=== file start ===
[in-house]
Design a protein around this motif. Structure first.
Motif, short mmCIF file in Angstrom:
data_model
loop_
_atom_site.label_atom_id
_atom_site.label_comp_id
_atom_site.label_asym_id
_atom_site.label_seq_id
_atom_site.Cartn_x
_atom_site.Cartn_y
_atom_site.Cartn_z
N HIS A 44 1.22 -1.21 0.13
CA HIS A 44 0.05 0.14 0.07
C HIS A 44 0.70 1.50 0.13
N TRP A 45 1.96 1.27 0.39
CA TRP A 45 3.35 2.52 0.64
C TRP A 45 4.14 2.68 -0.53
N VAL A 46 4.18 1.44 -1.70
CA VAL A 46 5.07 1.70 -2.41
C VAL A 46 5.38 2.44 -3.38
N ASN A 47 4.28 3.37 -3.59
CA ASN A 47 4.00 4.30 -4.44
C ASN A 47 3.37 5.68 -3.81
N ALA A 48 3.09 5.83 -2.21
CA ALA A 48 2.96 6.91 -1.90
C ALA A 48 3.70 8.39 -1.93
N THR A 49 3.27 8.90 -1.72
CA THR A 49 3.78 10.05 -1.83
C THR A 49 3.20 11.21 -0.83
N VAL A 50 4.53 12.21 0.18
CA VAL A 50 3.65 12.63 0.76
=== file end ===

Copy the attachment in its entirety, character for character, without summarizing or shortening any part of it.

[in-house]
Design a protein around this motif. Structure first.
Motif, short mmCIF file in Angstrom:
data_model
loop_
_atom_site.label_atom_id
_atom_site.label_comp_id
_atom_site.label_asym_id
_atom_site.label_seq_id
_atom_site.Cartn_x
_atom_site.Cartn_y
_atom_site.Cartn_z
N HIS A 44 1.22 -1.21 0.13
CA HIS A 44 0.05 0.14 0.07
C HIS A 44 0.70 1.50 0.13
N TRP A 45 1.96 1.27 0.39
CA TRP A 45 3.35 2.52 0.64
C TRP A 45 4.14 2.68 -0.53
N VAL A 46 4.18 1.44 -1.70
CA VAL A 46 5.07 1.70 -2.41
C VAL A 46 5.38 2.44 -3.38
N ASN A 47 4.28 3.37 -3.59
CA ASN A 47 4.00 4.30 -4.44
C ASN A 47 3.37 5.68 -3.81
N ALA A 48 3.09 5.83 -2.21
CA ALA A 48 2.96 6.91 -1.90
C ALA A 48 3.70 8.39 -1.93
N THR A 49 3.27 8.90 -1.72
CA THR A 49 3.78 10.05 -1.83
C THR A 49 3.20 11.21 -0.83
N VAL A 50 4.53 12.21 0.18
CA VAL A 50 3.65 12.63 0.76